NASA’s Mars Lander Places Instrument to Listen for “Marsquakes”
InSight's seismometer will listen for clues about Mars' core — and whether there's water under the surface.
NASA’s InSight lander should be proud.
Today, it reached out with its six-foot robotic arm to grab one of its two primary instruments — a seismometer designed to taking the Red Planet’s “pulse,” as NASA puts it — and gently placed it on the Martian surface. The apparatus could help learn more about the deep interior of the Red Planet, and even whether it contains water.
The @NASAInSight lander placed its seismometer on Mars on Dec. 19, marking the first time a science instrument has ever been placed onto the surface of another planet. The lander is set to study the interior of Mars and listen for marsquakes. Details: https://t.co/4DL2EzfjZb pic.twitter.com/TVNXWf5Ef9
— NASA (@NASA) December 20, 2018
It marks the first time a scientific instrument has been placed onto the surface of another planet, according to NASA.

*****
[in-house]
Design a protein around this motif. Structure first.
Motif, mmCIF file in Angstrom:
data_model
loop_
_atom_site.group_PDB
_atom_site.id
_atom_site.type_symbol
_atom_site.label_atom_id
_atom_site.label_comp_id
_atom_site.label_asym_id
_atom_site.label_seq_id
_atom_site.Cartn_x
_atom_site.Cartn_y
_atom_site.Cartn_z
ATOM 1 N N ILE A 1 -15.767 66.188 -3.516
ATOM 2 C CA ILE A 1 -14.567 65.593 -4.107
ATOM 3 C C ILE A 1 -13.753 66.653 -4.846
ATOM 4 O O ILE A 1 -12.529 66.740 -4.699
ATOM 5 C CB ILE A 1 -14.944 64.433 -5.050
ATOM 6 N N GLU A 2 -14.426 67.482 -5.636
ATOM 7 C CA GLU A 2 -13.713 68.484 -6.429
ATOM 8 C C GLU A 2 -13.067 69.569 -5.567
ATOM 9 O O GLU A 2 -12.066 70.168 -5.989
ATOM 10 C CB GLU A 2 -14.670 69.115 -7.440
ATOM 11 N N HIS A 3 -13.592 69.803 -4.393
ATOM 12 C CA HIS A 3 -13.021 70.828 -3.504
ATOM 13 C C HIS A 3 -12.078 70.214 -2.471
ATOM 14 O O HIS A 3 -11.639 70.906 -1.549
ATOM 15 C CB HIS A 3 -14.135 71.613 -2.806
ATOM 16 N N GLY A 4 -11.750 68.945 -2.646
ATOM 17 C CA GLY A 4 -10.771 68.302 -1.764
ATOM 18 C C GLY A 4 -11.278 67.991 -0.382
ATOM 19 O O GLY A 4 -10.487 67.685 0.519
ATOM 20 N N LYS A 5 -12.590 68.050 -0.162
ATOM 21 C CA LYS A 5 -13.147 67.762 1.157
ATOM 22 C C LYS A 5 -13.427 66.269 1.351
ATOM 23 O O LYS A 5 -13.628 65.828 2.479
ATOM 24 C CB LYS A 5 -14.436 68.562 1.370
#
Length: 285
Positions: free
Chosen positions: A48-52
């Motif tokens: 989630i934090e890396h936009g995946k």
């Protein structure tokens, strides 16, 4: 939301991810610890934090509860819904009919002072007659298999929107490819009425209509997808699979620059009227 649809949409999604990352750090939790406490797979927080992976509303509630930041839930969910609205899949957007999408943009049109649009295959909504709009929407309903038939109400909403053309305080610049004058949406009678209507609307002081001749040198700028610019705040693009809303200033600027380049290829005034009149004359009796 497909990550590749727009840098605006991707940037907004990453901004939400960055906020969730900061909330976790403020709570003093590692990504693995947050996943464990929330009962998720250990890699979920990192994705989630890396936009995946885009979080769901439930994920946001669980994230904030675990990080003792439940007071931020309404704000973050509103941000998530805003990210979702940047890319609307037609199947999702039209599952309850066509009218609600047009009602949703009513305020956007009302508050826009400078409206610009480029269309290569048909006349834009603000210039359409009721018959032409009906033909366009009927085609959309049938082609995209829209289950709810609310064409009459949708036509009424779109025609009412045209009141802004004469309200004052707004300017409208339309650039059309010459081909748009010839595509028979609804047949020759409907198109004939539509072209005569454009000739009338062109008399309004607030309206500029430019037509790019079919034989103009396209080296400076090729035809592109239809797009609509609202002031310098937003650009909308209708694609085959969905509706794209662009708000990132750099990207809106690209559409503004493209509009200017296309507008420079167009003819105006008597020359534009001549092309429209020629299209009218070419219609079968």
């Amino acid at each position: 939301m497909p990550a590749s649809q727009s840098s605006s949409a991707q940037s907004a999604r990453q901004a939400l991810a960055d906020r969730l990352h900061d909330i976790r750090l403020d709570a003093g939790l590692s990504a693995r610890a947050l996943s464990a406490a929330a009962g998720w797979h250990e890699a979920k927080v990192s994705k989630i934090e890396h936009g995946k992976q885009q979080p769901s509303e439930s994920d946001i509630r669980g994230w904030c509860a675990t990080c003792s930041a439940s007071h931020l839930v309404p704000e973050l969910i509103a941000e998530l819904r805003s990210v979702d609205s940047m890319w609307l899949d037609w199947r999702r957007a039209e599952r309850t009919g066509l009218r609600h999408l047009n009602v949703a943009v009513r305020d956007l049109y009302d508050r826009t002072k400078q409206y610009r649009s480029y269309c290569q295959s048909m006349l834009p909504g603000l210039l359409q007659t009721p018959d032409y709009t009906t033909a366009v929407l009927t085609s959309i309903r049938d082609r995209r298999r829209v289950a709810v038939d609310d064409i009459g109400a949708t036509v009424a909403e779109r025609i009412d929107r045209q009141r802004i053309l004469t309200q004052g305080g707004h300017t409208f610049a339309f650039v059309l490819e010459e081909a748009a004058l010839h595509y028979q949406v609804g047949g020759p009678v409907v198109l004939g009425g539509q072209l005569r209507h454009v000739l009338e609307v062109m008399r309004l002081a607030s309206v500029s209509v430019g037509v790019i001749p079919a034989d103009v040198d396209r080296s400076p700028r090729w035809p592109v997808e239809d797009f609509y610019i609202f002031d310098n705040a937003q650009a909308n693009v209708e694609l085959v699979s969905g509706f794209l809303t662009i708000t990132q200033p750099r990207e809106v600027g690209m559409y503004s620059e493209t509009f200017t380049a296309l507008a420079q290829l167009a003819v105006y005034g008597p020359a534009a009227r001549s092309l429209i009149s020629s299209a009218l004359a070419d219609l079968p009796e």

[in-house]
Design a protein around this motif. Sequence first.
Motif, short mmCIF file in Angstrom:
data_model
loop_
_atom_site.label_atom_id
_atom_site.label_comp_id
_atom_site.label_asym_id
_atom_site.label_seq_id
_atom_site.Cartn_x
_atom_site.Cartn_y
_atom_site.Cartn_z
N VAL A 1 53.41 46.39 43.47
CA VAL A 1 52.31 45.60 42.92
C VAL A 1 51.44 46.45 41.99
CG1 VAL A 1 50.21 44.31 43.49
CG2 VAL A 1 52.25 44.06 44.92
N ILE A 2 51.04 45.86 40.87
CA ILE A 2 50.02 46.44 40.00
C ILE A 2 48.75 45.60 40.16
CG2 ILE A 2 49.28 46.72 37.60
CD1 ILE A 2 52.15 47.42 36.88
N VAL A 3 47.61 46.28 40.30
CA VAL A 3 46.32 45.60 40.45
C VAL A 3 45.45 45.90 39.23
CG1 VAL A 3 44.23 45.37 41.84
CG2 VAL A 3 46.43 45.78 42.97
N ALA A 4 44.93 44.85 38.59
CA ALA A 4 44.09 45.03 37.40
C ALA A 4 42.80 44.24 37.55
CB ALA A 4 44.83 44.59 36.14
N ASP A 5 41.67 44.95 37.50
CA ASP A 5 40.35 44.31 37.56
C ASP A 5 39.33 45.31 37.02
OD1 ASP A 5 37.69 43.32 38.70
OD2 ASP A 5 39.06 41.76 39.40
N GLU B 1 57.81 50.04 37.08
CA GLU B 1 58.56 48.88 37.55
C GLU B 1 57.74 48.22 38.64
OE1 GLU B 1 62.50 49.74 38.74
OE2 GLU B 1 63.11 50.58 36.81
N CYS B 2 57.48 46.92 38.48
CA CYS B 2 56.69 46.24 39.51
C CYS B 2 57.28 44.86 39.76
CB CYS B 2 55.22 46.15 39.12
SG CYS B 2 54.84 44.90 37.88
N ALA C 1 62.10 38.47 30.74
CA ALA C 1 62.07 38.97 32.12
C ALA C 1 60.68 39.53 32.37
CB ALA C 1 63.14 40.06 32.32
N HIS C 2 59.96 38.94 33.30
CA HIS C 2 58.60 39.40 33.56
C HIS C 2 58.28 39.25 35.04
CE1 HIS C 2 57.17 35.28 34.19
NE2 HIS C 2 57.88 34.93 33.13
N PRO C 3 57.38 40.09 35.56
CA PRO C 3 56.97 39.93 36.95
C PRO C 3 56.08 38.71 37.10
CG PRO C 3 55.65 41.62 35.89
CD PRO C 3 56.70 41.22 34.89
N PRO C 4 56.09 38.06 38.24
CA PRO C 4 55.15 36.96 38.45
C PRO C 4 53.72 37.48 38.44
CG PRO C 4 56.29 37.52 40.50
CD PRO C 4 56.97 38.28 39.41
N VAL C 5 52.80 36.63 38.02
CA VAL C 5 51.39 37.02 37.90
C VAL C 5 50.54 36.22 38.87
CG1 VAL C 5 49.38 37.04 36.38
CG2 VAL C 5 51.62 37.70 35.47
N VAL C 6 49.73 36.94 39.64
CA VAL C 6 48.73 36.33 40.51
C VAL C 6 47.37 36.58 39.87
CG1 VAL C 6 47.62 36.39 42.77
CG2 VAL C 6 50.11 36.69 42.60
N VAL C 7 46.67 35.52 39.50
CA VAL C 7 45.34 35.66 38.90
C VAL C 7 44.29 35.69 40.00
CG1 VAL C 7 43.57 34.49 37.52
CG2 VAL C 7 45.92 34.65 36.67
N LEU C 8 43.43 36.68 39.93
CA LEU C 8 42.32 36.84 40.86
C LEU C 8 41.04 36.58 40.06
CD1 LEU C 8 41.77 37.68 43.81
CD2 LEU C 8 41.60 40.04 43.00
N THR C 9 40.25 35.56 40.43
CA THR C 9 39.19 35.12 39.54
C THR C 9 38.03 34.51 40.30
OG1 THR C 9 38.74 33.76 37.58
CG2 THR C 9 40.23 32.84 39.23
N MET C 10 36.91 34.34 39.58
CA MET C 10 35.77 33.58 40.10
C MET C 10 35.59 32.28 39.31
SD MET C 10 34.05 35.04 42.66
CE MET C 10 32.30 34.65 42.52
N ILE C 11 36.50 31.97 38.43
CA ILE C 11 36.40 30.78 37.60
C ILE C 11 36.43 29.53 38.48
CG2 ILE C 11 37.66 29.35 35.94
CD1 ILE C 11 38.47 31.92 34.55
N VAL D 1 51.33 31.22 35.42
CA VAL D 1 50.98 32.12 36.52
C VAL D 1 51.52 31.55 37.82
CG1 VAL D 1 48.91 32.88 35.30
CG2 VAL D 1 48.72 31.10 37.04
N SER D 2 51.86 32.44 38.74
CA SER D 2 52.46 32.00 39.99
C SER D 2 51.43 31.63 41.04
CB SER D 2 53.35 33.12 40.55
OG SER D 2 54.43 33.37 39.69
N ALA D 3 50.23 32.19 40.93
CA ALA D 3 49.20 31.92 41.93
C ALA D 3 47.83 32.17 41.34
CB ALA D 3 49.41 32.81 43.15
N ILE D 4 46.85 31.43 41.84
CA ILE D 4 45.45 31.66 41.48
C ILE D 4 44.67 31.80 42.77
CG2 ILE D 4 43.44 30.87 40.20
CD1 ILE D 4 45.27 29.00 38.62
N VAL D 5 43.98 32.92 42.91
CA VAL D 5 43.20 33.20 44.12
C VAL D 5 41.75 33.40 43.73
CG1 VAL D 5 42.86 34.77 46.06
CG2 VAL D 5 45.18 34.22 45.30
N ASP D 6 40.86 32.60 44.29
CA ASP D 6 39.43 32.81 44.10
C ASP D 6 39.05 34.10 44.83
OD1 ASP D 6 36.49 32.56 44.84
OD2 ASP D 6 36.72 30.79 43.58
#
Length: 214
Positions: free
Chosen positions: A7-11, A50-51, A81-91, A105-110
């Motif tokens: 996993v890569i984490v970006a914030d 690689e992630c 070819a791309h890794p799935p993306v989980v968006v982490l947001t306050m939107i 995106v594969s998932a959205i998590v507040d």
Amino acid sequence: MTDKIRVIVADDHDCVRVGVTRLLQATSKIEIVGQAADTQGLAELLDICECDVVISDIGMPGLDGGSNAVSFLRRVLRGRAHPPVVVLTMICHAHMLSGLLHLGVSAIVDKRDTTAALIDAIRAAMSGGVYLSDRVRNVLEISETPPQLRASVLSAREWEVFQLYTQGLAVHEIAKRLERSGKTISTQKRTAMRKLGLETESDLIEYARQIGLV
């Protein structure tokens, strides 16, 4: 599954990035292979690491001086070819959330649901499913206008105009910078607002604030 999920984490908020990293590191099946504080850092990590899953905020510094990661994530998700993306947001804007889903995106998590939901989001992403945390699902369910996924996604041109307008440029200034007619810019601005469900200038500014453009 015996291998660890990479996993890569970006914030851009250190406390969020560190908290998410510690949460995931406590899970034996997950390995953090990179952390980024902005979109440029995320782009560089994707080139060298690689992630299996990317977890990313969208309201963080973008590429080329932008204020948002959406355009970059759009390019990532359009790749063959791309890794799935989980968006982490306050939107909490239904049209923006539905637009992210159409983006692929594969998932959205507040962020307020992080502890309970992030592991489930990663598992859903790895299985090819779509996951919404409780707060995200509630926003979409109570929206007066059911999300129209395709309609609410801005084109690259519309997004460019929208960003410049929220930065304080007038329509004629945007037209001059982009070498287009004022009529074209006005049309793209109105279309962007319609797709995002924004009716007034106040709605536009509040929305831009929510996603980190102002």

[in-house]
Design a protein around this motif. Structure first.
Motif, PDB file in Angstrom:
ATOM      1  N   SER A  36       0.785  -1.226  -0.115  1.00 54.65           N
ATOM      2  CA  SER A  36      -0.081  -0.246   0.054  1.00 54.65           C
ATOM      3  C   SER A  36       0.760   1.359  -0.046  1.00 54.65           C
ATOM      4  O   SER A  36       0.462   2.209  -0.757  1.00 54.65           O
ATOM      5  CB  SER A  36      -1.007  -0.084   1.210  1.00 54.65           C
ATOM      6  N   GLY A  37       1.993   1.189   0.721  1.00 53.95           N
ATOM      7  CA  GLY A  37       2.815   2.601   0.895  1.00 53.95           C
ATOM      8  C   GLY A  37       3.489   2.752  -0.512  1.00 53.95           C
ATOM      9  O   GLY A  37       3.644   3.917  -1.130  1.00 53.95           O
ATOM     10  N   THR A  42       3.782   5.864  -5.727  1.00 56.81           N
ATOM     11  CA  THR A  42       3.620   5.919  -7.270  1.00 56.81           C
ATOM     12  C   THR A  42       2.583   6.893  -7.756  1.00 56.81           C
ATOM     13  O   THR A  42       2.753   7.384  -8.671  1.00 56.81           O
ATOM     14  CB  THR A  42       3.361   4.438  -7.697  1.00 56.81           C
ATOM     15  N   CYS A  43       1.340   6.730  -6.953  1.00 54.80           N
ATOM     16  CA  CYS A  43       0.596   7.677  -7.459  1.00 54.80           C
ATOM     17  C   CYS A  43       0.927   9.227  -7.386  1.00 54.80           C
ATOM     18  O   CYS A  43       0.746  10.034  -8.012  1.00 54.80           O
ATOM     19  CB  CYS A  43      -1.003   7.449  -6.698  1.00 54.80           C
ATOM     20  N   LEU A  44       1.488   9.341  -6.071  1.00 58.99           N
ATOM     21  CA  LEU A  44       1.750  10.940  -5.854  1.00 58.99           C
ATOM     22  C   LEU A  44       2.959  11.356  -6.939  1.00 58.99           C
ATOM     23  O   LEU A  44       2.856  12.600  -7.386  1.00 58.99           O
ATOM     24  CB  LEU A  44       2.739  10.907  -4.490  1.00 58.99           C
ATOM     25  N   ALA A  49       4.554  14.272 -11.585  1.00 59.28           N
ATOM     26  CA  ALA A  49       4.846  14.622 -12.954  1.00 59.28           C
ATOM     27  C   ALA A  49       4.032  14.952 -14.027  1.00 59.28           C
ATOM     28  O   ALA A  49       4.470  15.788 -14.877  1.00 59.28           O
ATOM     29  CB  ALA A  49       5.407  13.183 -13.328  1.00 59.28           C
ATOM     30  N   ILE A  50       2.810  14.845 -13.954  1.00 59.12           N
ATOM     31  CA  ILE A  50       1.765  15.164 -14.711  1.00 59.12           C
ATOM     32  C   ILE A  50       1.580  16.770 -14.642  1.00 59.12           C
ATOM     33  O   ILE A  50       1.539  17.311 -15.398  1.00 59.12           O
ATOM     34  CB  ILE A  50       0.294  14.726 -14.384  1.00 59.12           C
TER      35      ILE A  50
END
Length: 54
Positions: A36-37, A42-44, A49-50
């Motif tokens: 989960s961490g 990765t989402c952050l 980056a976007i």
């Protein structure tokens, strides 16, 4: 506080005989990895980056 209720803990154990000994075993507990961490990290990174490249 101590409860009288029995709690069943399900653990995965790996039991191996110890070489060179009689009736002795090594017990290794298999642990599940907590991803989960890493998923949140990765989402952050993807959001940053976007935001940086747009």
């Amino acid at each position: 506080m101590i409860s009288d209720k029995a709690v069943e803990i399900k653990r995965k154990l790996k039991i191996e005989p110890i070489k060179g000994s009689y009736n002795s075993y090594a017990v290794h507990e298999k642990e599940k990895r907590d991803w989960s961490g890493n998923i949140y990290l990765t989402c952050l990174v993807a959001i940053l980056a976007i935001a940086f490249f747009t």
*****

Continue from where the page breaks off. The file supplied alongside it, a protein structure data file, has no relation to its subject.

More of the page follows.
“Getting the seismometer safely on the ground is an awesome Christmas present,” said InSight Project Manager Tom Hoffman in an update on NASA’s website.
Taking Mars’ Pulse
The seismometer — or SEIS, the Seismic Experiment for Interior Structure — fulfills a very important function. It will closely listen to the motion of the ground — also known as “marsquakes” — to help scientists probe the layers and compositions of Mars’ interior.
It could also tell us what the Martian core is made of: is it liquid or solid? How does Mars’ composition compare to the Earth’s? By knowing what the interior is made of, scientists could discover whether it contains water or if there’s volcanic activity beneath the surface.
Scientists are also hoping to find out what is causing the waves and tremors on Mars — is it only marsquakes or are they also caused by meteorite strikes? How frequent are these meteorite strikes?
It’ll take weeks until scientists will be able to receive the first data points from the seismometer.
“We look forward to popping some Champagne when we start to get data from InSight’s seismometer on the ground,” said InSight Principal Investigator Bruce Banerdt, as quoted by NASA. “I have a bottle ready for the occasion.”
The next InSight instrument to join the seismometer on the ground is a heat probe that will dig itself into the ground to measure how much heat is flowing out of Mars.
More on NASA’s InSight lander: Breaking: NASA’s InSight Lander Just Landed on Mars
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